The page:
Nabokov is a name so revered in literary circles that to write of him, edit an anthology, translate his works or review any of the above, you had better be a relative. Such is the meteoric stature of the “poet-king,” whose given name in Russian means, aptly, “ruler of the world.” Considering that, editor Thomas Karshan is safe from at least one angle. “Selected Poems” contains twenty-eight never-before-seen translations by the late Dmitri Nabokov, the author’s son and closest literary executor, whom the elder hailed a “marvelously congenial” translator in the preface of “Invitation to a Beheading.” Never one to shy from a tussle, Vladimir found “no devil of creative emendation to fight” in his son’s translations. Both held that, in transposing letters, fidelity to the author came first—no matter how twisted the result. Alas, even Dmitri is not immune to misstep. Depending on one’s opinion of 2009’s posthumously published “The Original of Laura,” Dmitri is either a rebel of supreme literary disobedience, a Max Brod of his time, or a flippant ruffian, tainting his father’s legacy with a deeply unfinished and presumptuous swan song—and few things in between. Nevertheless, it is a new collection, one meticulously selected by Karshan and as with all things unseen, it can only be unseen once.
The mistake made by those familiar with Nabokov through his novels is to forget that he was first and foremost a poet. By his way of thinking, poetry was “the mysteries of the irrational, perceived through rational words.” Karshan stresses this in his preface, allowing it to inform his selections. It would be impossible to separate the writer’s prosody from his prose, but the former deserves a plinth of its own, given its own air to breathe. This release marks the first Nabokov poetry collection in nearly thirty years and if someone was going to do it, Karshan stakes the claim well.
Nabokov was mentored by a Symbolist and in his twenties, his effusive poetic prime, aligned himself with the camp of free-verse rejection. His is the school of Gumilev, Bunin, Khodasevich before him and Pushkin before them. His stanzas employ a traditional abab pattern, often in iambic pattern. Many of the poems in the collection commemorate his heroes, “Shakespeare,” “Tolstoy,” even a reverent apology to Pushkin, “On Translating Eugene Onegin.” Nabokov is a deft stylist, one who saw words of all languages, not by their connotations but by the shapes of their characters—once positing that the Russian and Greek alphabets were modeled on their native landscapes.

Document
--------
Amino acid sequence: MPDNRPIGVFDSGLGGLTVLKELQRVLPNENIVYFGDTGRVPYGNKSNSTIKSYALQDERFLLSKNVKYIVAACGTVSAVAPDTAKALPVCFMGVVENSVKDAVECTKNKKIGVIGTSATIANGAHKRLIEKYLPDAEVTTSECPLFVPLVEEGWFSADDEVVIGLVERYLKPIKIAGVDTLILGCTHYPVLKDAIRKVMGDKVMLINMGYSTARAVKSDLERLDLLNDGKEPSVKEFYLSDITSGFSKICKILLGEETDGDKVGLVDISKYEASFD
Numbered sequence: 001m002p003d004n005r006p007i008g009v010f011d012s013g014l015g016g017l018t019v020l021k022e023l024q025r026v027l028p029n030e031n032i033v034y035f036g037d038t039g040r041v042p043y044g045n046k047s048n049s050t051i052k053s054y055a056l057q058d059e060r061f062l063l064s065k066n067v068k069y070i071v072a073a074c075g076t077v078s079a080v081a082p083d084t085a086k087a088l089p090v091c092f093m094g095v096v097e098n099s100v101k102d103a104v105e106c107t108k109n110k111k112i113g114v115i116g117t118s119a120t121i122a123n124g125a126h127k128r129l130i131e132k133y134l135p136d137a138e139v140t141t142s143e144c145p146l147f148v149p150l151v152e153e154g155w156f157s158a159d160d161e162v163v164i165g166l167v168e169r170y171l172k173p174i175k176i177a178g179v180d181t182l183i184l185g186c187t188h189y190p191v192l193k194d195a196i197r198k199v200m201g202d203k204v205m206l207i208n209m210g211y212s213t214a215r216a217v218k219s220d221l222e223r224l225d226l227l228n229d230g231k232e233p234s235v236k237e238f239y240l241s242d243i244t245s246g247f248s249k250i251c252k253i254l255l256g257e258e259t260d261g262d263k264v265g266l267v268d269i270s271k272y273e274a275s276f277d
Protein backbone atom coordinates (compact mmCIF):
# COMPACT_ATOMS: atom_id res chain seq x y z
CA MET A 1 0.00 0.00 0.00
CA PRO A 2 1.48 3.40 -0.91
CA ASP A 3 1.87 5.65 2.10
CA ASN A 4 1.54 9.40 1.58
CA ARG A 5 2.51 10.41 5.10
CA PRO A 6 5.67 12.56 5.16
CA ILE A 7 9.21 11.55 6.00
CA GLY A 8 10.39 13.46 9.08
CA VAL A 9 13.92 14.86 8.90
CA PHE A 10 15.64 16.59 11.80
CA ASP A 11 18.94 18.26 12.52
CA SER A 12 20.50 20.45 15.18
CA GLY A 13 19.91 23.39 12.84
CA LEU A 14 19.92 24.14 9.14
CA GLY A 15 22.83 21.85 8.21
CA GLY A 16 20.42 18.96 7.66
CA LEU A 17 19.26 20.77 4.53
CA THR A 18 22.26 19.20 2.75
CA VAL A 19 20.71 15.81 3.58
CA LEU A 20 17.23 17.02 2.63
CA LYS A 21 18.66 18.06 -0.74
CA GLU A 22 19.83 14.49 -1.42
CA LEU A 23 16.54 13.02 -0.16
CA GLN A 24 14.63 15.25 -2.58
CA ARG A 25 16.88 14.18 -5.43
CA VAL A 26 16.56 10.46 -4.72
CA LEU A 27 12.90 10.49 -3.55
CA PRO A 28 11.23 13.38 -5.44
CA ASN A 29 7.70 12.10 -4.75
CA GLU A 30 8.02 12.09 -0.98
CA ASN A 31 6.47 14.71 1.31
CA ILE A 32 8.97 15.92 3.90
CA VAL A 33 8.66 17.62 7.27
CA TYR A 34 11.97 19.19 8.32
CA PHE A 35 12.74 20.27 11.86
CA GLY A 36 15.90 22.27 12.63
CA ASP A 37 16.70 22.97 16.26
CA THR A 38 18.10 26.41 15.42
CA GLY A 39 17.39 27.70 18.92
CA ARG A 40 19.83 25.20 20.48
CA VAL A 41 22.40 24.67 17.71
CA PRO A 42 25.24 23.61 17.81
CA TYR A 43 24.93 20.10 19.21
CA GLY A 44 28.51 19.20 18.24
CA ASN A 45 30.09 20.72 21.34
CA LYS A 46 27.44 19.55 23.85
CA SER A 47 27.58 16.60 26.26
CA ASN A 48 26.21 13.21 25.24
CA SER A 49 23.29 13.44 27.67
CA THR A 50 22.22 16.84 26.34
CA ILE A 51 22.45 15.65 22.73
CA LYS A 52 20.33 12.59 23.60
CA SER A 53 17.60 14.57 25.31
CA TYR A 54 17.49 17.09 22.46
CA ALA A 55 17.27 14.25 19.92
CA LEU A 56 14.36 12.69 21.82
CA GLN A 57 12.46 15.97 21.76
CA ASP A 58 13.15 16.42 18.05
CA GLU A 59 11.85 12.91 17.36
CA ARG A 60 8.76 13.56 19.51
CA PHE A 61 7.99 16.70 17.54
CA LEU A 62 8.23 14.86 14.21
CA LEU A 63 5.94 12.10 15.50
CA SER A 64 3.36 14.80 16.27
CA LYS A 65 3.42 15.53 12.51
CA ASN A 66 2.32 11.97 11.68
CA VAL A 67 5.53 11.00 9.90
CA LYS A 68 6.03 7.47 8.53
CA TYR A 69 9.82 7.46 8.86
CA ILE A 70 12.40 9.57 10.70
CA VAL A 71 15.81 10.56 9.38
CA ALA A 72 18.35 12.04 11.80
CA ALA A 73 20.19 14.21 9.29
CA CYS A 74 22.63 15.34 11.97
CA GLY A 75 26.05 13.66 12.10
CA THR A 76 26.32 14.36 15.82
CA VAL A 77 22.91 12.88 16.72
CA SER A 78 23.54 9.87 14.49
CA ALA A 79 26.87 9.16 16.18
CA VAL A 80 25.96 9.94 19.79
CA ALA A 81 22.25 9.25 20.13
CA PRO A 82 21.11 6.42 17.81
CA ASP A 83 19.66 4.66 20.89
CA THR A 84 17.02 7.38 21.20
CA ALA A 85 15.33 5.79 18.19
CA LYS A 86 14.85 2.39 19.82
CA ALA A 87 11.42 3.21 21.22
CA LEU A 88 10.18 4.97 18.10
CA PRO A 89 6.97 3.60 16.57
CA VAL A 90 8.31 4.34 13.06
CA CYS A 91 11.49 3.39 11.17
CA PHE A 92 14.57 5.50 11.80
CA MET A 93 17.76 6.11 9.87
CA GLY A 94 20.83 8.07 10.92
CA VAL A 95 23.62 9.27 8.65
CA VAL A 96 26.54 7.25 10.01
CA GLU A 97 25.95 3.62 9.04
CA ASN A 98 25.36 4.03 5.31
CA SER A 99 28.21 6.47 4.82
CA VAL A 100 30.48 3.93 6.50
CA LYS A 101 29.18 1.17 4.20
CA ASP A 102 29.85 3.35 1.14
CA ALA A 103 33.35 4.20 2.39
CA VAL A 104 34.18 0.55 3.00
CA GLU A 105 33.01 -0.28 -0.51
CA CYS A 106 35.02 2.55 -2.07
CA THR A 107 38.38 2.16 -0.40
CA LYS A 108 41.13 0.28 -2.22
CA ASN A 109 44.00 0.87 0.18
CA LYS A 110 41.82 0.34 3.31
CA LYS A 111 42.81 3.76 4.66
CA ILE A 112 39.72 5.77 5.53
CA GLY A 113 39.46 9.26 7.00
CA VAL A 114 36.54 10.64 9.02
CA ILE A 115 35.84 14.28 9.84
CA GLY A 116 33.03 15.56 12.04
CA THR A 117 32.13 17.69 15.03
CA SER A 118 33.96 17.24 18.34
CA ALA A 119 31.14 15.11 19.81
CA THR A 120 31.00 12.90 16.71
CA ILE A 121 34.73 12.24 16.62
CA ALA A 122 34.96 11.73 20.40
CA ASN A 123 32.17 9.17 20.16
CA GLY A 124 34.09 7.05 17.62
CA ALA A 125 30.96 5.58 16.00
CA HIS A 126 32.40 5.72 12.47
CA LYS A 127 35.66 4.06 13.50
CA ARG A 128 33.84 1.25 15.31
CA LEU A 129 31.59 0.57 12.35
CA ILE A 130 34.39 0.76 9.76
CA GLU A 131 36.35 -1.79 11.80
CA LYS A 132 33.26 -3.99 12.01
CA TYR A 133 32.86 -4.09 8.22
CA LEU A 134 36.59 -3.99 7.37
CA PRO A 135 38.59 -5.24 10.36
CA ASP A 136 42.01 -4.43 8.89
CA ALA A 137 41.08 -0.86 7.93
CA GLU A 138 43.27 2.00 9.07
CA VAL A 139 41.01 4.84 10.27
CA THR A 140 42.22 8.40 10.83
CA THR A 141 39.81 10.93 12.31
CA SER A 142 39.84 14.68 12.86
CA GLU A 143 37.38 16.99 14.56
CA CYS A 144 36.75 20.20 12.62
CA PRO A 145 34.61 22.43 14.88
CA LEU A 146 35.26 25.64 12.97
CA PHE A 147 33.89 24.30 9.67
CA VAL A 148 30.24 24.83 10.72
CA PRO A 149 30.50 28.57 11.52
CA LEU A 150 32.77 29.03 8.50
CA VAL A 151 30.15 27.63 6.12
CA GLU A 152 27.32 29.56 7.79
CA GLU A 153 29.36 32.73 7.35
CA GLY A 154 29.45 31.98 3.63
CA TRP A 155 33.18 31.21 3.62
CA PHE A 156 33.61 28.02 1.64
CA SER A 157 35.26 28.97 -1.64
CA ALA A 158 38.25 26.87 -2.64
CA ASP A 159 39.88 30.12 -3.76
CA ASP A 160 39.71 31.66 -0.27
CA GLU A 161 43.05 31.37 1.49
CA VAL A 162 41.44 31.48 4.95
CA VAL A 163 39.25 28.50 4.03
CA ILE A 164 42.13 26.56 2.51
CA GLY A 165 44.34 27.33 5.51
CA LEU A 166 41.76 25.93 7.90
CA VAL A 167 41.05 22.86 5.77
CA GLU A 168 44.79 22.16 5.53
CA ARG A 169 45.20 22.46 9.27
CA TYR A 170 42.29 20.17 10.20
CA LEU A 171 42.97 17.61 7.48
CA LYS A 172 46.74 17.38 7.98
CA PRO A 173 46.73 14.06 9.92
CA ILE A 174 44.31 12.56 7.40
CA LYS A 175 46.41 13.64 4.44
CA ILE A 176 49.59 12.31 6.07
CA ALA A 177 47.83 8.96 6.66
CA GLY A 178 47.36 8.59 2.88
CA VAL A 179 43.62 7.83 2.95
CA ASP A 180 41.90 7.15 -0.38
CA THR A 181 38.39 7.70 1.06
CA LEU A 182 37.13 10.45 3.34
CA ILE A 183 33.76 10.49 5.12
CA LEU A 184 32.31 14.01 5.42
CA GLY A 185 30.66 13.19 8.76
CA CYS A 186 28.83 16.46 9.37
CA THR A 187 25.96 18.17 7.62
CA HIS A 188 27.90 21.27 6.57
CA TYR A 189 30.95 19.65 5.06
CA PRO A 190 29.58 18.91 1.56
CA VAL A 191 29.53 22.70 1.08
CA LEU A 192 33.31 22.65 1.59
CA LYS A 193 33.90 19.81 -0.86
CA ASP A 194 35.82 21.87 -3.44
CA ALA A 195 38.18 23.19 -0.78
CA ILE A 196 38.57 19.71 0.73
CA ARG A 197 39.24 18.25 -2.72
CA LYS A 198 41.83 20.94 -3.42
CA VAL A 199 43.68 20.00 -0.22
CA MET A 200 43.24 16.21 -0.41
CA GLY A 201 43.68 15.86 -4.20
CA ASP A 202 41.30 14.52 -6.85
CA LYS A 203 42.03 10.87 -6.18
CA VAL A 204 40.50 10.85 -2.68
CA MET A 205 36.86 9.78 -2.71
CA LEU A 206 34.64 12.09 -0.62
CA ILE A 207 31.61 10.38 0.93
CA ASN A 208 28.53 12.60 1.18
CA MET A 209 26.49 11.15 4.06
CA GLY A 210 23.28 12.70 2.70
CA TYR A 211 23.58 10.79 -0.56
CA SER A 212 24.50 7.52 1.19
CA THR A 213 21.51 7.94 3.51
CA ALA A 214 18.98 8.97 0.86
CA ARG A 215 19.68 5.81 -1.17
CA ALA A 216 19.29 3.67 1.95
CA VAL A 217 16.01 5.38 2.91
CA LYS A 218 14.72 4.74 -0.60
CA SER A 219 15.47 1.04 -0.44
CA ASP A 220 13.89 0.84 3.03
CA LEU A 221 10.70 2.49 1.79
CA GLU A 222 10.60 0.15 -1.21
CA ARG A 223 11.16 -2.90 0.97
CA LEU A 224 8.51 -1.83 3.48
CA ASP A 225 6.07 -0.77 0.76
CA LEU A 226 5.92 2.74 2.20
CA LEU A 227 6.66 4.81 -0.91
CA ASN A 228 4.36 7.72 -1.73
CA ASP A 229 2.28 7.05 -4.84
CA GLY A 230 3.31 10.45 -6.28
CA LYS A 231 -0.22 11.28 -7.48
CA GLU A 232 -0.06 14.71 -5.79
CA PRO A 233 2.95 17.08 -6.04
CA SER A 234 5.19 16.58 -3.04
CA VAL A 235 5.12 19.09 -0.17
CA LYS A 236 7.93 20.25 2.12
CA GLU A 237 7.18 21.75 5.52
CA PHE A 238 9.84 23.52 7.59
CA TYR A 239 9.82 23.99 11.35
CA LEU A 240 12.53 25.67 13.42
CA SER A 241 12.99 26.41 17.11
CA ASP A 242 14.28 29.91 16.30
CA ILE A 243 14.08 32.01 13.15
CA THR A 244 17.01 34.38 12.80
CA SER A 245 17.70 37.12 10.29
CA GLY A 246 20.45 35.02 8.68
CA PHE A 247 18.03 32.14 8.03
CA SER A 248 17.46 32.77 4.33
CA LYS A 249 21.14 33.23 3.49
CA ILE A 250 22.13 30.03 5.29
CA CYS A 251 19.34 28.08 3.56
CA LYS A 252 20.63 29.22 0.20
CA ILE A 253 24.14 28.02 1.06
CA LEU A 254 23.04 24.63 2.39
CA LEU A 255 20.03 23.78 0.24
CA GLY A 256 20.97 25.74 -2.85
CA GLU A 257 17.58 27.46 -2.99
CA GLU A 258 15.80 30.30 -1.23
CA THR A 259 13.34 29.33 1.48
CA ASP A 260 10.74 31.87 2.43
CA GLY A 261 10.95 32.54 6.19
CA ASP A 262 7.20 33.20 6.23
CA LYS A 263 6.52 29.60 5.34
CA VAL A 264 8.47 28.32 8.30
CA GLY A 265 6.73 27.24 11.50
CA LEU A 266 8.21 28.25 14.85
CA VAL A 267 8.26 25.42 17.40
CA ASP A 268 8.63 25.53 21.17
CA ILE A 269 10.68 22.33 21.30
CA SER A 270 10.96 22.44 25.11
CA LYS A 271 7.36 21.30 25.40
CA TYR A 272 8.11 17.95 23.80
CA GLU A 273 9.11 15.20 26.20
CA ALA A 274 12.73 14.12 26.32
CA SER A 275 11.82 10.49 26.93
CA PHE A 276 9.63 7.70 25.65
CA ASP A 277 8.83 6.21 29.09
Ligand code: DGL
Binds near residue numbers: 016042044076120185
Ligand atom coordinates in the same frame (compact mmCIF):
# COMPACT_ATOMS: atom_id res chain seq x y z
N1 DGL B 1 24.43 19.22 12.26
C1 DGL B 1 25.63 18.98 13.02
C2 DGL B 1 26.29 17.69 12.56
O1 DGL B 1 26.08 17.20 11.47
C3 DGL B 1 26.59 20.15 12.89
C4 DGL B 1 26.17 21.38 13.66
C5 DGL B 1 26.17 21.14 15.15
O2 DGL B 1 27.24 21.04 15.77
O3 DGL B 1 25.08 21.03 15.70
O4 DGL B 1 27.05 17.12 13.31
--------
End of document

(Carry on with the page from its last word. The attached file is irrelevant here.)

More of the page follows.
Thanks to Dmitri’s translations, we now have record of Vladimir’s earliest poem, “Music,” written at Vyra, his family’s country estate when he was fifteen years old, chronicling a fountain at midnight, “Its wondrous, its silvery voice / plashes, and quivers, convoking.” There is the “University Poem,” a novella in verse on the poet’s years in Cambridge, battling a language barrier, dallying in an affair and reminiscing over exile. There are of course butterflies, motels and even a refrigerator. But what’s most striking about his poetry is its stark simplicity. Nabokov, formal as he may have been, strove for an ardent access, working for the all-coveted tingling sensation in the spine.
There are some omissions and Karshan owns up to them. For one, none of Nabokov’s chess problems (from 1969’s “Poems and Problems”) are included. There are also no poems or excerpts from the poets of his novels—John Shade in “Pale Fire,” Fyodor in “The Gift,” Pnin, or Humbert Humbert in “Lolita.” This was an appropriate choice, if not for the autonomy of the poems themselves, then because in their omission one can perceive whispers of Shade in the ivy-strewn “Exile,” see the fledgling Berlin poet fixated with his childhood in “The Muse,” and in “Lilith,” the seeds of pedophilic obsession, more than twenty years before “Lolita” (though Nabokov denies a parallel: “Intelligent readers will abstain from examining this impersonal fantasy for any links in my later fiction”). The struggle of Fyodor in “The Gift” is the author’s selfsame—a poet who morphs into a novelist. “Whatever their merits, these poems are all meant to characterize their fictional authors,” Karshan says. Poems of his selection are laid out chronologically. If Nabokov lied originally in “Poems and Problems,” Karshan won’t dispel the myth, realizing, even in his tinkering, that it’s best not to touch. “It was felt inappropriate to rearrange a volume Nabokov had personally overseen.” Still, starry-eyed reverence.
“Selected” is a harsh word, proscribing a huge body of work into a rigid, albeit choice, palisade. It doesn’t allude to the prospect that Karshan’s release may just be the definitive collection of Nabokov’s poetry in print. (Taylor Cowan)
By Vladimir Nabokov, with an introduction by Thomas Karshan
Knopf, 240 pages, $30
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